The Keeneland September yearling sale closed out its 15-session run in Lexington with downturns in every key business figure and gross revenue that fell short of last year’s total by a whopping $57,019,500. But even though the setbacks were significant, many participants in the auction were pleased by its performance at a time when the nation is reeling from a financial meltdown and there are growing economic woes abroad.
“I had no idea the stock market was going to do what it did, and that the whole financial system was going to face the near debacle that we saw,” Mark Taylor of Taylor Made Sales Agency said Sept. 23, just hours before the sale ended. “Given the circumstances, I’m relieved and pleased with the results of this sale. The fact that this many people are willing to come out here and buy these horses is pretty amazing.”
The 3,605 yearlings that were sold grossed $327,999,100 and averaged $90,984. Their median price was $37,000. Compared with 2007 statistics, the number sold fell 5.1% from the world record for a single Thoroughbred auction of 3,799. The gross, which was the fourth highest in the September sale’s history, dropped 14.8% from $385,018,600. The average declined 10.2% from $101,347. And the median was down 11.9% from $42,000.
The gross, average, and median all fell for the second year in a row. The number sold declined for the first time since 2001.
“I would rather be standing here than at the New York Stock Exchange right now,” said Case Clay of Three Chimneys Sales.
While the buy-back rate was up, it didn’t increase dramatically because most consignors were prepared for the setbacks and set their reserves accordingly. This year, 24.8% of the yearlings failed to find new homes compared with 22.5% in 2007.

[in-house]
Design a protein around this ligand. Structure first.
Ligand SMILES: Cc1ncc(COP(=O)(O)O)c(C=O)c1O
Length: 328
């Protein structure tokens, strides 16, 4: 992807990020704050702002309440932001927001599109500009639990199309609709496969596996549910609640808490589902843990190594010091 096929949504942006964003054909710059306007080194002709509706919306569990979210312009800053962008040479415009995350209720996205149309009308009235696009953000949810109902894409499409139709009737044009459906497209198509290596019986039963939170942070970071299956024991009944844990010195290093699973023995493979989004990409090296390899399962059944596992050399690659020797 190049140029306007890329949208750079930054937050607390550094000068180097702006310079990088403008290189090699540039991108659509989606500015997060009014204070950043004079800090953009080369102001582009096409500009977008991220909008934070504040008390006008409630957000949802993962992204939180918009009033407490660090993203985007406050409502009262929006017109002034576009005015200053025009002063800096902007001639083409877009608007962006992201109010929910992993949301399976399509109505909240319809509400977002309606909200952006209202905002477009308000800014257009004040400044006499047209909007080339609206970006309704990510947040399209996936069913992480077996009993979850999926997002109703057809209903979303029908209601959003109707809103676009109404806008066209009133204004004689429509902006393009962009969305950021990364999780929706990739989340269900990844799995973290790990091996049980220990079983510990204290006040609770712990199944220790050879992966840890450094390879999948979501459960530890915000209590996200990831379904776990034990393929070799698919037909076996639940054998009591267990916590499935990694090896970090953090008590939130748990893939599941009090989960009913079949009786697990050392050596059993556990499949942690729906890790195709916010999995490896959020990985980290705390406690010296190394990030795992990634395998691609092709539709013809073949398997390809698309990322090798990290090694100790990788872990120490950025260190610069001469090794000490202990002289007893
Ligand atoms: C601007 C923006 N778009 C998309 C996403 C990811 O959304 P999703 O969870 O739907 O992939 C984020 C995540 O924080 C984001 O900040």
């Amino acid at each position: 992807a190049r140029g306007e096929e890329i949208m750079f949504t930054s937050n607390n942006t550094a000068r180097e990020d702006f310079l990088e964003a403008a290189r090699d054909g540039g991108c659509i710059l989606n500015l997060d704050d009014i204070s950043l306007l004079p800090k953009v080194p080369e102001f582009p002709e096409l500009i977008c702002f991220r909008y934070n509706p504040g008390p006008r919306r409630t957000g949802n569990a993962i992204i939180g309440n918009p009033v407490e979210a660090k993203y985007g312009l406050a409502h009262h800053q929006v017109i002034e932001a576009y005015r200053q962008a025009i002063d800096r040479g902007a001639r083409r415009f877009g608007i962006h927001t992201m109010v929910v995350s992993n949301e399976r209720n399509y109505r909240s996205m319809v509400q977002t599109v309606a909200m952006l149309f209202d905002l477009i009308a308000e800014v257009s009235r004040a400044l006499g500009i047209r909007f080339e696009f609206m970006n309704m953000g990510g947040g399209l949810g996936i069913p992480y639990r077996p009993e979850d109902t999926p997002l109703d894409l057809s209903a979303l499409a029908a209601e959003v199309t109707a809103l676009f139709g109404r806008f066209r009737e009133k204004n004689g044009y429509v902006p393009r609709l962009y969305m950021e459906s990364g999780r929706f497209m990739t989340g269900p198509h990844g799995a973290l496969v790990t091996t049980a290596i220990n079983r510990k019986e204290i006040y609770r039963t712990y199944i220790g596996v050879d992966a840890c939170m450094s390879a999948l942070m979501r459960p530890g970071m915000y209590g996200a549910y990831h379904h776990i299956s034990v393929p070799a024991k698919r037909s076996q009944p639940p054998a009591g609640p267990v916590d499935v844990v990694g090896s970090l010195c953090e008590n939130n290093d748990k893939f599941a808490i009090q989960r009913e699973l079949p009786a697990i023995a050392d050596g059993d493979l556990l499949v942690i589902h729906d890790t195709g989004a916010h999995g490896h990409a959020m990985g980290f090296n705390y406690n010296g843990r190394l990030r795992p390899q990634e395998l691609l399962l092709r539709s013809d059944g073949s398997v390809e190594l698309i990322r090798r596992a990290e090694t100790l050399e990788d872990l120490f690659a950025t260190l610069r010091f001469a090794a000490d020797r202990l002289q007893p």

“We’ve known that this was coming, and now we’re here,” said Meg Levy of Bluewater Sales. “There’s still a demand for horses, but their price levels are considerably lower, and our costs of production are considerably higher.”
The top price for an individual horse fell from $3.7 million in 2007 to $3.1 million this year. The number of horses sold for $1 million or more declined from 32 to 18.
“Here we are in the middle of one of the greatest economic crises that this country has ever gotten itself into, and we still had the fourth-largest September sale (in terms of gross) in history; that speaks volumes about the optimism of the Thoroughbred industry,” said Geoffrey Russell, Keeneland’s director of sales. “While $57 million is a huge chunk of money to be down by in gross, it could have been a lot more. It could have been $100 million. You have to put this in perspective, and I thought the sale was phenomenal considering the financial climate both in our own market and out in the world.”
During the auction’s final session, 149 horses sold for a gross of $1,135,600. The average was $7,621, and the median was $5,000. All the results were down from 2007, when the 172 horses sold on the last day grossed $1,551,500 and averaged $9,020. Their median was $5,750.
The buy-back rate fell from 25.2% in 2007 to 16.8% this year.
A Chapel Royal– McConnell Springs colt brought the final session’s highest price of $50,000. Diamond G Ranch purchased the yearling from Eaton Sales, agent for Overbrook Farm.
“Start to finish, I think the sale has been better than we ever could have expected,” said Eaton Sales’ Reiley McDonald. “At the end, the prices have fallen off and the demand has been really low for these less-expensive horses, and that’s probably because the state of the economy and the state of the horse business. We’re producing too many horses, and certainly we’re selling way too many horses in this one spot.”